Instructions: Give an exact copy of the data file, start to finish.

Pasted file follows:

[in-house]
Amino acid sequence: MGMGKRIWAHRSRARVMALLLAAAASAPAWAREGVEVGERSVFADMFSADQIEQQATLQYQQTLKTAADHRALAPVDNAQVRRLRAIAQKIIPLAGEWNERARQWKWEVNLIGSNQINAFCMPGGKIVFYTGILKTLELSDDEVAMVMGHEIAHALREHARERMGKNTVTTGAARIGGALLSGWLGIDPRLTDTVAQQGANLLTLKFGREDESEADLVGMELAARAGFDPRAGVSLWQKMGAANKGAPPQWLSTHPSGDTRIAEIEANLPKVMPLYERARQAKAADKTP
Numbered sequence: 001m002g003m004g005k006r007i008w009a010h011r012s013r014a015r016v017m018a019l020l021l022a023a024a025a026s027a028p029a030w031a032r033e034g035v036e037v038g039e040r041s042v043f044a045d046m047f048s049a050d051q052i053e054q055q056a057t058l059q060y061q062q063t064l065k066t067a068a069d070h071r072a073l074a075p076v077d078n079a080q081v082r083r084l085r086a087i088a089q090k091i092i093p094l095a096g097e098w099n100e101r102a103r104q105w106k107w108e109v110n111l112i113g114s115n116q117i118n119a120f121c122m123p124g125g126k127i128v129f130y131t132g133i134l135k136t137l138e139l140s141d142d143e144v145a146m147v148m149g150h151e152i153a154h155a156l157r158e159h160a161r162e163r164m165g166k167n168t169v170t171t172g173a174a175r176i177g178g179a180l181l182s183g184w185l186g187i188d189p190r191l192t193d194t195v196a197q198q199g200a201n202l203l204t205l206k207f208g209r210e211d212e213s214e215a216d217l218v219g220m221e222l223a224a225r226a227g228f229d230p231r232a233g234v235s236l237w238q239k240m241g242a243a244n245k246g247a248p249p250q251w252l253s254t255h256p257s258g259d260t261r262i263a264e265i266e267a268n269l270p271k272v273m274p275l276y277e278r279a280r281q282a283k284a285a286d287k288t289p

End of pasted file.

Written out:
[in-house]
Amino acid sequence: MGMGKRIWAHRSRARVMALLLAAAASAPAWAREGVEVGERSVFADMFSADQIEQQATLQYQQTLKTAADHRALAPVDNAQVRRLRAIAQKIIPLAGEWNERARQWKWEVNLIGSNQINAFCMPGGKIVFYTGILKTLELSDDEVAMVMGHEIAHALREHARERMGKNTVTTGAARIGGALLSGWLGIDPRLTDTVAQQGANLLTLKFGREDESEADLVGMELAARAGFDPRAGVSLWQKMGAANKGAPPQWLSTHPSGDTRIAEIEANLPKVMPLYERARQAKAADKTP
Numbered sequence: 001m002g003m004g005k006r007i008w009a010h011r012s013r014a015r016v017m018a019l020l021l022a023a024a025a026s027a028p029a030w031a032r033e034g035v036e037v038g039e040r041s042v043f044a045d046m047f048s049a050d051q052i053e054q055q056a057t058l059q060y061q062q063t064l065k066t067a068a069d070h071r072a073l074a075p076v077d078n079a080q081v082r083r084l085r086a087i088a089q090k091i092i093p094l095a096g097e098w099n100e101r102a103r104q105w106k107w108e109v110n111l112i113g114s115n116q117i118n119a120f121c122m123p124g125g126k127i128v129f130y131t132g133i134l135k136t137l138e139l140s141d142d143e144v145a146m147v148m149g150h151e152i153a154h155a156l157r158e159h160a161r162e163r164m165g166k167n168t169v170t171t172g173a174a175r176i177g178g179a180l181l182s183g184w185l186g187i188d189p190r191l192t193d194t195v196a197q198q199g200a201n202l203l204t205l206k207f208g209r210e211d212e213s214e215a216d217l218v219g220m221e222l223a224a225r226a227g228f229d230p231r232a233g234v235s236l237w238q239k240m241g242a243a244n245k246g247a248p249p250q251w252l253s254t255h256p257s258g259d260t261r262i263a264e265i266e267a268n269l270p271k272v273m274p275l276y277e278r279a280r281q282a283k284a285a286d287k288t289p